Speaking of which, we’re now just a couple of months away from WTI Midland crude oil being included in the Dated Brent index, and given the uncertainty in the US over what should be classified as oil vs condensate, expect some confusion once those barrels start being included in the international benchmark as well.  

Diesel demand continues to hover near the lowest levels we’ve seen for the first quarter in the past 20+ years, dropping sharply again last week after 2 straight weeks of increases had some markets hoping that the worst was behind us. Now that we’re moving out of the heating season, we’ll soon get more clarity on how on road and industrial demand is holding up on its own in the weekly figures that have been heavily influenced by the winter that wasn’t across large parts of the country.

Speaking of which, the EIA offered another mea culpa of sorts Wednesday by comparing its October Winter Fuels outlook to the current reality, which shows a huge reduction in heating demand vs expectations just 6-months ago.  

It’s not just domestic consumption of diesel that’s under pressure, exports have fallen below their 5-year average as buyers in South America are buying more Russian barrels, and European nations are getting more from new facilities in the Middle East.

Take a look at the spike in PADD 5 gasoline imports last week to get a feel for how the region may soon be forced to adjust to rapidly increasing refining capacity in Asia, while domestic facilities come under pressure

Click here to download a PDF of today's TACenergy Market Talk, including all charts from the Weekly DOE Report.

Pivotal Week For Price Action
Market TalkWednesday, Mar 29 2023

Crude Oil Prices Are Trying To Lead Another Rally In Energy Futures This Morning

Crude oil prices are trying to lead another rally in energy futures this morning, while ULSD prices are resisting the pull higher. Stocks are pointed higher in the early going as no news is seen as good news in the banking crisis.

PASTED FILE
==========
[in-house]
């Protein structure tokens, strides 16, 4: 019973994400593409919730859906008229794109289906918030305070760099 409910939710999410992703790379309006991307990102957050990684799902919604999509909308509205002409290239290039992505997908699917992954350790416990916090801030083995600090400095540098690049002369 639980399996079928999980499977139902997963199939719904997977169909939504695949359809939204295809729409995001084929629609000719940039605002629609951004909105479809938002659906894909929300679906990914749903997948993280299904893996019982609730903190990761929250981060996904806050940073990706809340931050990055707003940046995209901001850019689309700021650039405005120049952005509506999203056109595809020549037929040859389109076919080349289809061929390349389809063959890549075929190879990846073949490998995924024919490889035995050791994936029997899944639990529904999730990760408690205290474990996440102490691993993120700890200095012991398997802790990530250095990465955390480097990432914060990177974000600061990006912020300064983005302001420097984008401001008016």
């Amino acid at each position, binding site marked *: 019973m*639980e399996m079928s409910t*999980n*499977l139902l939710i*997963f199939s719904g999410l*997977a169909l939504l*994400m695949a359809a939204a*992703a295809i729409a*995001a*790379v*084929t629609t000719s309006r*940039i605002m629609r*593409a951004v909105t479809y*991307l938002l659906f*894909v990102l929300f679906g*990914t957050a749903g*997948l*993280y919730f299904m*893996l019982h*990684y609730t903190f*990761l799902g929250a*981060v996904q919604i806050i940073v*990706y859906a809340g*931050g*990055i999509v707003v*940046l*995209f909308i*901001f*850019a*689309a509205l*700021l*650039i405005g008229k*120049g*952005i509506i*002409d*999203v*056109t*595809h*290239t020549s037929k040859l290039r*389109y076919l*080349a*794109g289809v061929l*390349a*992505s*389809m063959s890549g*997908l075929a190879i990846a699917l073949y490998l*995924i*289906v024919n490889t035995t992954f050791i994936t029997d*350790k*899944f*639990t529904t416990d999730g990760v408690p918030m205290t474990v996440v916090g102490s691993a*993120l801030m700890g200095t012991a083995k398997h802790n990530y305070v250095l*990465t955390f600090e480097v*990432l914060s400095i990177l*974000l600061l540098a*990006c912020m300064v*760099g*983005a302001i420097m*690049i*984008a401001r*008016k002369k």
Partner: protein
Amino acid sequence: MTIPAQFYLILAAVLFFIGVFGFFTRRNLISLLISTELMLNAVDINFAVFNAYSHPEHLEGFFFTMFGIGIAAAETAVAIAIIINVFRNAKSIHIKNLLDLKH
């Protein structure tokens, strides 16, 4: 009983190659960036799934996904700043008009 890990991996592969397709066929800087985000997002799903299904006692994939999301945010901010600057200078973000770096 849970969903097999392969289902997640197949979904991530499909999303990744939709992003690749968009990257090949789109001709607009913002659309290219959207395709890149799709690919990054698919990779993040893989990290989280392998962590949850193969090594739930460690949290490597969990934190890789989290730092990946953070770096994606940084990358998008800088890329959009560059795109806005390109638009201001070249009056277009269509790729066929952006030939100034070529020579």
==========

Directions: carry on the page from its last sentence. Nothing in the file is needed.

WTI prices have rallied by $10/barrel in the past 7 trading days, even with a $5 pullback last Thursday and Friday. The recovery puts WTI back in the top half of its March trading range but there’s still another $7 to go before the highs of the month are threatened. 

Yesterday’s API report seems to be aiding the continued strength in crude, with a 6 million barrel inventory decline estimated by the industry group last week. That report also showed a decline of 5.9 million barrels of gasoline which is consistent with the spring pattern of drawdowns as we move through the RVP transition, while distillates saw a build of 550k barrels. The DOE’s weekly report is due out at its normal time this morning. 

Diesel prices seems to be reacting both to the small build in inventories – which is yet another data point of the weak demand so far this year for distillates – and on the back of crumbling natural gas prices that settled at their lowest levels in 2.5 years yesterday and fell below $2/million BTU this morning. 

While diesel futures are soft, rack markets across the Southwestern US remain unusually tight, with spreads vs spot markets approaching $1/gallon in several cases as local refiners go through maintenance and pipeline capacity for resupply remains limited. The tightest supply in the region however remains the Phoenix CBG boutique gasoline grade which is going for $1.20/gallon over spots as several of the few refineries that can make that product are having to perform maintenance at the same time. 

French refinery strikes continue for a 4th week and are estimated to be keeping close to 1 million barrels/day of fuel production offline, which is roughly 90% of French capacity and almost 1% of total global capacity. That disruption is having numerous ripple effects on crude oil markets in the Atlantic basin, while the impact on refined product supplies and prices remains much more contained than it was when this happened just 5 months ago.

Click here to download a PDF of today's TACenergy Market Talk.

Pivotal Week For Price Action